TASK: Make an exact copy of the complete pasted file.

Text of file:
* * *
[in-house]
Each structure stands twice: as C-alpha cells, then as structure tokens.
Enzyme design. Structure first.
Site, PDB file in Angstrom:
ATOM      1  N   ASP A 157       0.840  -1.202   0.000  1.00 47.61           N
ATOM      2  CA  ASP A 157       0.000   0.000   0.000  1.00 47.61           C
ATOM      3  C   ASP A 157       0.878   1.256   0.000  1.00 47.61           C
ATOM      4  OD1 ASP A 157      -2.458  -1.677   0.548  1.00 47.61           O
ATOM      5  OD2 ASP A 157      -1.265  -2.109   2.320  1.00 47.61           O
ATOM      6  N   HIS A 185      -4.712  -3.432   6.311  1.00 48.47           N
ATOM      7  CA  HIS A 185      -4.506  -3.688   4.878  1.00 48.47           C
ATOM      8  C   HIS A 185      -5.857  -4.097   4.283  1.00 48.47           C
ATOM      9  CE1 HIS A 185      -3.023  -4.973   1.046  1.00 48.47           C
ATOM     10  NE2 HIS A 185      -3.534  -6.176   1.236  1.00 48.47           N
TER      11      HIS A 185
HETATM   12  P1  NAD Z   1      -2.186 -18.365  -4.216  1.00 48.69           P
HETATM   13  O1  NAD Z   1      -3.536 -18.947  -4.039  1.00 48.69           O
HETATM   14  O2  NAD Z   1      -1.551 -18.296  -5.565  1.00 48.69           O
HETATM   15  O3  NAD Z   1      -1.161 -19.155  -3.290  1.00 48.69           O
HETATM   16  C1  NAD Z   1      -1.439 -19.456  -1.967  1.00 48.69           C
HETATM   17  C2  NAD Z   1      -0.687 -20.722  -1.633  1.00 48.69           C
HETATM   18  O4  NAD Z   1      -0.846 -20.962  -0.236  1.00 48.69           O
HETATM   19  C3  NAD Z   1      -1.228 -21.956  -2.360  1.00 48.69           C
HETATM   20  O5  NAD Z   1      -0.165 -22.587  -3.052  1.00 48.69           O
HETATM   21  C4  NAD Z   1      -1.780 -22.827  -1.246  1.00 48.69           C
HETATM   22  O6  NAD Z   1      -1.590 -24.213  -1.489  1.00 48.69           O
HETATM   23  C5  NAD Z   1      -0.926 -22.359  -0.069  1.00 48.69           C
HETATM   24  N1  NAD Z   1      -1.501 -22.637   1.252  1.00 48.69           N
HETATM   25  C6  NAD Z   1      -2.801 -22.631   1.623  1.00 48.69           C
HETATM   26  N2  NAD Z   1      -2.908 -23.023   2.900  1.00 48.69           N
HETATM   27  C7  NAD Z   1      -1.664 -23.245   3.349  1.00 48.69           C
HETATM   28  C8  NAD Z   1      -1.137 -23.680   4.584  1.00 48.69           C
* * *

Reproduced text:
[in-house]
Each structure stands twice: as C-alpha cells, then as structure tokens.
Enzyme design. Structure first.
Site, PDB file in Angstrom:
ATOM      1  N   ASP A 157       0.840  -1.202   0.000  1.00 47.61           N
ATOM      2  CA  ASP A 157       0.000   0.000   0.000  1.00 47.61           C
ATOM      3  C   ASP A 157       0.878   1.256   0.000  1.00 47.61           C
ATOM      4  OD1 ASP A 157      -2.458  -1.677   0.548  1.00 47.61           O
ATOM      5  OD2 ASP A 157      -1.265  -2.109   2.320  1.00 47.61           O
ATOM      6  N   HIS A 185      -4.712  -3.432   6.311  1.00 48.47           N
ATOM      7  CA  HIS A 185      -4.506  -3.688   4.878  1.00 48.47           C
ATOM      8  C   HIS A 185      -5.857  -4.097   4.283  1.00 48.47           C
ATOM      9  CE1 HIS A 185      -3.023  -4.973   1.046  1.00 48.47           C
ATOM     10  NE2 HIS A 185      -3.534  -6.176   1.236  1.00 48.47           N
TER      11      HIS A 185
HETATM   12  P1  NAD Z   1      -2.186 -18.365  -4.216  1.00 48.69           P
HETATM   13  O1  NAD Z   1      -3.536 -18.947  -4.039  1.00 48.69           O
HETATM   14  O2  NAD Z   1      -1.551 -18.296  -5.565  1.00 48.69           O
HETATM   15  O3  NAD Z   1      -1.161 -19.155  -3.290  1.00 48.69           O
HETATM   16  C1  NAD Z   1      -1.439 -19.456  -1.967  1.00 48.69           C
HETATM   17  C2  NAD Z   1      -0.687 -20.722  -1.633  1.00 48.69           C
HETATM   18  O4  NAD Z   1      -0.846 -20.962  -0.236  1.00 48.69           O
HETATM   19  C3  NAD Z   1      -1.228 -21.956  -2.360  1.00 48.69           C
HETATM   20  O5  NAD Z   1      -0.165 -22.587  -3.052  1.00 48.69           O
HETATM   21  C4  NAD Z   1      -1.780 -22.827  -1.246  1.00 48.69           C
HETATM   22  O6  NAD Z   1      -1.590 -24.213  -1.489  1.00 48.69           O
HETATM   23  C5  NAD Z   1      -0.926 -22.359  -0.069  1.00 48.69           C
HETATM   24  N1  NAD Z   1      -1.501 -22.637   1.252  1.00 48.69           N
HETATM   25  C6  NAD Z   1      -2.801 -22.631   1.623  1.00 48.69           C
HETATM   26  N2  NAD Z   1      -2.908 -23.023   2.900  1.00 48.69           N
HETATM   27  C7  NAD Z   1      -1.664 -23.245   3.349  1.00 48.69           C
HETATM   28  C8  NAD Z   1      -1.137 -23.680   4.584  1.00 48.69           C